First Republic Bank shares sank more than 20 per cent just after Tuesday’s opening bell after the U.S. lender said deposits plunged by more than US$100-billion in the first quarter and it was exploring options such as restructuring its balance sheet. The deposit slump overshadowed profits that beat expectations for the beleaguered lender, which was shored up through an injection of deposits by larger U.S. banks last month after the collapse of two U.S. regional lenders. The bank plans to slash expenses by cutting executive compensation, paring back office space, and laying off nearly 20% to 25% of employees in the second quarter, it said Monday. -Reuters
UBS Group set aside more money to draw a line under its involvement in toxic mortgages, dealing a heavy blow to first-quarter profit as it prepares to integrate fallen rival Credit Suisse. Switzerland’s biggest bank reported a 52-per-cent slide in quarterly profit, having set aside a further US$665-million to cover the costs of the U.S. residential mortgage-backed securities that played a central role in the global financial crisis. -Reuters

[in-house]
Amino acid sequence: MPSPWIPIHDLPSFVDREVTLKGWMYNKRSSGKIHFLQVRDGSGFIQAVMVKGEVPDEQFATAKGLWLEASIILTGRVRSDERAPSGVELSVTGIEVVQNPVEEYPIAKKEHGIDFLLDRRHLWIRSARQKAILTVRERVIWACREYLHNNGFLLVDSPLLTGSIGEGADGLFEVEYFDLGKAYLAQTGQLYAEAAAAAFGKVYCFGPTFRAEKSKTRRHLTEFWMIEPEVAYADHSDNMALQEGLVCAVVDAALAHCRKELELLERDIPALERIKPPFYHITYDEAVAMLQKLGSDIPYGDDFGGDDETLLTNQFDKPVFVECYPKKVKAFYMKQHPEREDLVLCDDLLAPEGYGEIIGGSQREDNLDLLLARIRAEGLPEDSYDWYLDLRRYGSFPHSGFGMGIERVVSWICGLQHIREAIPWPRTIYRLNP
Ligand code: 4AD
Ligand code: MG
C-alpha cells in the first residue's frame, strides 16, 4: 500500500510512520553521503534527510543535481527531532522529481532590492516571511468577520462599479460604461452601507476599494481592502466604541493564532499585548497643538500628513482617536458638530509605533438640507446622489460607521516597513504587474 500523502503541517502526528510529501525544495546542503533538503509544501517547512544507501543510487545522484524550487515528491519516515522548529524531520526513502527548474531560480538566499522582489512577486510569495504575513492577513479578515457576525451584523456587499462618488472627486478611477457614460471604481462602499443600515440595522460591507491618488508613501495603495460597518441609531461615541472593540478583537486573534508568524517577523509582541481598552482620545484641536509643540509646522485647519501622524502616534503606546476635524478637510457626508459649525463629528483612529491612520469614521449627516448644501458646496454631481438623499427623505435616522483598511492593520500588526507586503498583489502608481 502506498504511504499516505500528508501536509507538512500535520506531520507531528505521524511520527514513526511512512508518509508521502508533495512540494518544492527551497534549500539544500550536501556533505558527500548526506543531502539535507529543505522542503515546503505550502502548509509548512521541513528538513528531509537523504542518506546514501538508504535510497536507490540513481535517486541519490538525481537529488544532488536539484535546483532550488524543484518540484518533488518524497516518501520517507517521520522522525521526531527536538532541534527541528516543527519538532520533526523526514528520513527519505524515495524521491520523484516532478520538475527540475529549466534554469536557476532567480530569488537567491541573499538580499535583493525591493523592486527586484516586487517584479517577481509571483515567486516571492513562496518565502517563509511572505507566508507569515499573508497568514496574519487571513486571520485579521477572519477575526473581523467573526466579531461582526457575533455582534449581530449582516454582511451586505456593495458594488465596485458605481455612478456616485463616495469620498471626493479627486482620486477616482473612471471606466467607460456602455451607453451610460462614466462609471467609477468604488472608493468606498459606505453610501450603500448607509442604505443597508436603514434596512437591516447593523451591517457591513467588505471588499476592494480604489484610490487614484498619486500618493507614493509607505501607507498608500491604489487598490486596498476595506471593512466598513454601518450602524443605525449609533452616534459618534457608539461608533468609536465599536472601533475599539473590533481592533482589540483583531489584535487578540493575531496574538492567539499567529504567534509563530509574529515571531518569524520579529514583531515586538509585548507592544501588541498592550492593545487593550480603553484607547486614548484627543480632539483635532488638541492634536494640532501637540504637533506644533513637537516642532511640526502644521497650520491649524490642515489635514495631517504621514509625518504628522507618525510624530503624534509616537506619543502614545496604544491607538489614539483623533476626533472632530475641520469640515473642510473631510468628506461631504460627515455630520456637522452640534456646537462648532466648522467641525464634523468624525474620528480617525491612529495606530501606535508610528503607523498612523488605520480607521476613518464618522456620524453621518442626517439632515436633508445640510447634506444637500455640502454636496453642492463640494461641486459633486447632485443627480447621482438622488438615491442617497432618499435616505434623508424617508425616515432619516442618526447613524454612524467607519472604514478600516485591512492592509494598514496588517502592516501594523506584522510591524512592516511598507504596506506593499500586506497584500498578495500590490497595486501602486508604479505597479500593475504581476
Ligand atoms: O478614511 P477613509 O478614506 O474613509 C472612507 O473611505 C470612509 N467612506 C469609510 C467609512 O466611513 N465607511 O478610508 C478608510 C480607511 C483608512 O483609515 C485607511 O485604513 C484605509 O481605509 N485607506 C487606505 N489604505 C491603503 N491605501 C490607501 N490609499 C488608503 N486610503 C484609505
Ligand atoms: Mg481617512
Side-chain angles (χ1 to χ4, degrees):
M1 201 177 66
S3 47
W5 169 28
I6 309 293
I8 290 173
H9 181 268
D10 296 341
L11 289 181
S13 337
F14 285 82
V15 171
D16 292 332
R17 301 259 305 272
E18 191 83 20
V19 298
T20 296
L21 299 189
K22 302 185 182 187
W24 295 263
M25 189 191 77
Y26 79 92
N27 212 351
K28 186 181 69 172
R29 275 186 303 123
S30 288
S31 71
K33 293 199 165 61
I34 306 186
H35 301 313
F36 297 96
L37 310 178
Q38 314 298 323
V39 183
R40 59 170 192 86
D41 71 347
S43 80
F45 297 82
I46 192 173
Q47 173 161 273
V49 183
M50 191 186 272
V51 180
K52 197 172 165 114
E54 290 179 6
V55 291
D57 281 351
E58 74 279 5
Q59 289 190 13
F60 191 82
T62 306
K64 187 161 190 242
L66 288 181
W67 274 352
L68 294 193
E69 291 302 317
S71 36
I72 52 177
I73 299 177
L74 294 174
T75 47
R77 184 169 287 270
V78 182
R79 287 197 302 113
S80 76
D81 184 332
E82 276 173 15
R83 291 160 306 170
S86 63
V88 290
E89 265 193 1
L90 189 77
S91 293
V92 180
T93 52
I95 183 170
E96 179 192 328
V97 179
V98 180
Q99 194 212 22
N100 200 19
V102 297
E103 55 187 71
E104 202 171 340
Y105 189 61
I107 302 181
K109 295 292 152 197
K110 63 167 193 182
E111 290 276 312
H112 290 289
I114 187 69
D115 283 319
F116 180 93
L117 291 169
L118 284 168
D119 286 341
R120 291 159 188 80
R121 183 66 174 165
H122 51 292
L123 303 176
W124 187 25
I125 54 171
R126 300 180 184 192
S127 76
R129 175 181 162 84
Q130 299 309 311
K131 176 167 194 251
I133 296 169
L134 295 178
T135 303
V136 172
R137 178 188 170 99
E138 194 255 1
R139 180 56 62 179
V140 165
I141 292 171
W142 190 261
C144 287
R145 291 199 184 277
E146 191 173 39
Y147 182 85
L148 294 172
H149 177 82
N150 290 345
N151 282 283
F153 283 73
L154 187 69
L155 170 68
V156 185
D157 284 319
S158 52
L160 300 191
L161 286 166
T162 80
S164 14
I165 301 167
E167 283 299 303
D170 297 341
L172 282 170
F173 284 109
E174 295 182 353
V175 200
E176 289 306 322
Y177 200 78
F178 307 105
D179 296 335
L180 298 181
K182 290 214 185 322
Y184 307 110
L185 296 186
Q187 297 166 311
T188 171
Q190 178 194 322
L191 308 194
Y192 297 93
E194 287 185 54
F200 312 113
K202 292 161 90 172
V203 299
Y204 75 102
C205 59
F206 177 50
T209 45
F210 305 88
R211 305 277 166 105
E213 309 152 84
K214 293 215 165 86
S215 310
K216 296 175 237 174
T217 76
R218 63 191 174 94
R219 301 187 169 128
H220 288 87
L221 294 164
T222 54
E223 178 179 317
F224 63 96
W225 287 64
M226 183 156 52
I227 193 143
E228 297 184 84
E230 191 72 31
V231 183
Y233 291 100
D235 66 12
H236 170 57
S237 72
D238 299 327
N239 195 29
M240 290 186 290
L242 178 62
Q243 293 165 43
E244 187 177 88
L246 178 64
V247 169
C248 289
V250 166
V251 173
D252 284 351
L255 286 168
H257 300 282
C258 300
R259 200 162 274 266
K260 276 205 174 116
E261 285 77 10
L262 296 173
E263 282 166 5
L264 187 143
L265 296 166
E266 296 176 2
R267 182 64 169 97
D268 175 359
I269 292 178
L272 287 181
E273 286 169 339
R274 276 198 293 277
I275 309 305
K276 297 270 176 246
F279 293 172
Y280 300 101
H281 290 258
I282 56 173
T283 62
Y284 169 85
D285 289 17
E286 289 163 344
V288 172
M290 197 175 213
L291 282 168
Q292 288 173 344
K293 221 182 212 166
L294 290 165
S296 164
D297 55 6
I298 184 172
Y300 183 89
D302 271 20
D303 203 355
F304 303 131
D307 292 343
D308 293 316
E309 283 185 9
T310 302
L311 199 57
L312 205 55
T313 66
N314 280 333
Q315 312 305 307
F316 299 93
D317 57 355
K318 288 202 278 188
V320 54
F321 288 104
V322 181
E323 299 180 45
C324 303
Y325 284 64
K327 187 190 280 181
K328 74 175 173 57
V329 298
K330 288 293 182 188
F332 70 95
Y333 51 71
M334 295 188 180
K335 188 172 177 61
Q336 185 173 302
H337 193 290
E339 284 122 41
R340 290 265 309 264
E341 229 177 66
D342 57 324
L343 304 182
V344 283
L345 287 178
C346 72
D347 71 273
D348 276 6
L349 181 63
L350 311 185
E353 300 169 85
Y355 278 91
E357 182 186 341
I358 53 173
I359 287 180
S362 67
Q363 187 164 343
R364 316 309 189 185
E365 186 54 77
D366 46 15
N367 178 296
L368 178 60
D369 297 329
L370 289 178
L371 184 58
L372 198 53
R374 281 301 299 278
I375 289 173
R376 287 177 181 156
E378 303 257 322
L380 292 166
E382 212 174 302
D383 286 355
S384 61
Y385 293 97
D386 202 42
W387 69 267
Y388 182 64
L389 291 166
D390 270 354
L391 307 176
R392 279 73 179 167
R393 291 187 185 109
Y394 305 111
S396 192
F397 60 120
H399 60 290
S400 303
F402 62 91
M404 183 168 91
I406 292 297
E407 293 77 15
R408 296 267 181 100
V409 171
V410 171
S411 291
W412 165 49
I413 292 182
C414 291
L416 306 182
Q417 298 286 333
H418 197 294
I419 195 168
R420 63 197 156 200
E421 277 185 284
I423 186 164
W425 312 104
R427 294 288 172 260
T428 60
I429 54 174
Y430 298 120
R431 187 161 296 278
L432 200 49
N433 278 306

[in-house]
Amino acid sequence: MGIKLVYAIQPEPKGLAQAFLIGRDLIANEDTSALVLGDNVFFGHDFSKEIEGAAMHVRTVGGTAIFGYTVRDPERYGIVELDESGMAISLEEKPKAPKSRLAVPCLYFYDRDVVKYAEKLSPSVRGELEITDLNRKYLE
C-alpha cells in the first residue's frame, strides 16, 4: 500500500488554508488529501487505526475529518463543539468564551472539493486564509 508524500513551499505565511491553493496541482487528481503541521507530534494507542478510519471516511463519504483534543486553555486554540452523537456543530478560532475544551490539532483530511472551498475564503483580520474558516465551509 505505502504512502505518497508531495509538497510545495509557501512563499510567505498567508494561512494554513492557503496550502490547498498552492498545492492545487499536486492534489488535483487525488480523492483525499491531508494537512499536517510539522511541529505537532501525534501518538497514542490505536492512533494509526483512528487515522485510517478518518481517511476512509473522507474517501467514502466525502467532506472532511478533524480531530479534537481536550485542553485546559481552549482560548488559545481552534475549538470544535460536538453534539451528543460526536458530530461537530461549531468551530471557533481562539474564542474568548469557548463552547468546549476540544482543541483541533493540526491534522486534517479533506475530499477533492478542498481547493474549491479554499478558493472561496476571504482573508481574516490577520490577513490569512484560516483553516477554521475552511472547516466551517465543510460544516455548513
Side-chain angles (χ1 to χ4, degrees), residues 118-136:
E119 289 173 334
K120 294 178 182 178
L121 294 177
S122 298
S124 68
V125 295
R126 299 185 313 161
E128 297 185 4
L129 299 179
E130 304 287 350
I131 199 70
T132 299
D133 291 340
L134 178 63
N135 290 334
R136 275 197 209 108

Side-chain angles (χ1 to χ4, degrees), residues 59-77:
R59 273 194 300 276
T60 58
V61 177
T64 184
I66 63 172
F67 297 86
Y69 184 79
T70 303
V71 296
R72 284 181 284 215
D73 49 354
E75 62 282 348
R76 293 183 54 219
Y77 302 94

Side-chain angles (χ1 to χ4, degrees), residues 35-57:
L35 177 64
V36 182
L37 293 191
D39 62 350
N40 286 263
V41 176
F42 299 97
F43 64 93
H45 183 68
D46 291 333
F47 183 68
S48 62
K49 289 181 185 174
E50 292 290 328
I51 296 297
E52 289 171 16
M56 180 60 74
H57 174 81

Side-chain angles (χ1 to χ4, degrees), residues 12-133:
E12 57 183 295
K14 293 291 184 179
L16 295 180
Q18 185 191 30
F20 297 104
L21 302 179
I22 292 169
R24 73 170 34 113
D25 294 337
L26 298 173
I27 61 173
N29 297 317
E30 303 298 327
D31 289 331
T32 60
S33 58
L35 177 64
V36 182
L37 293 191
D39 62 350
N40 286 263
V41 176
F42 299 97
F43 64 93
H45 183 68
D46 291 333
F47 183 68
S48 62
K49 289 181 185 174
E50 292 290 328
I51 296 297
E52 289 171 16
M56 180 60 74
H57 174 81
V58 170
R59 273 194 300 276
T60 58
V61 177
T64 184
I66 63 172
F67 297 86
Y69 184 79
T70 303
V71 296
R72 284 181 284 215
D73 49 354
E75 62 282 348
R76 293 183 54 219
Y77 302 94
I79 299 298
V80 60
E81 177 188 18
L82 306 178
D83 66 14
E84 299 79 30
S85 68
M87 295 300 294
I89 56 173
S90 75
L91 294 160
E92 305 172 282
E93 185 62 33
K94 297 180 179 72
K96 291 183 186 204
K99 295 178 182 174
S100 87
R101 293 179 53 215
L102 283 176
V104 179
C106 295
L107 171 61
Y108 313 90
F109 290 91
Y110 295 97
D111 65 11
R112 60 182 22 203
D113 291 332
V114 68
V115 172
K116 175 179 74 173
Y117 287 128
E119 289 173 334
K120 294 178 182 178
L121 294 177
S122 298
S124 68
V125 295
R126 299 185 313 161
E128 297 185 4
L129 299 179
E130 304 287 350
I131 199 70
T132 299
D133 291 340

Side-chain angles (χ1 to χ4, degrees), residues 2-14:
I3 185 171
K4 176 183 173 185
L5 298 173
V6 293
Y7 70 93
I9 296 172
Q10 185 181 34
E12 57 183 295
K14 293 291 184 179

PepsiCo Inc on Tuesday raised its annual revenue and profit forecasts, betting on steady demand for its sodas and snacks as well as price hikes to offset rising costs. The company said it expects 2023 organic revenue to rise 8%, compared with its prior forecast of a 6% increase. PepsiCo now sees annual core earnings per share of $7.27, compared with $7.20 earlier. -Reuters
3M Co said on Tuesday it would cut about 6,000 positions globally as the U.S. industrial conglomerate looks to restructure its business amid waning demand and increasing costs. Shares of the St. Paul, Minnesota-based company were up 1.6% at $106.7 premarket. -Reuters
(9 a.m. ET) U.S. S&P CoreLogic Case-Shiller Home Price Index (20 city) for February.
(9 a.m. ET) U.S. FHFA House Price Index for February.
(10 a.m. ET) U.S. new home sales for March.
With Reuters and The Canadian Press
(10 a.m. ET) U.S. Conference Board Consumer Confidence Index for April.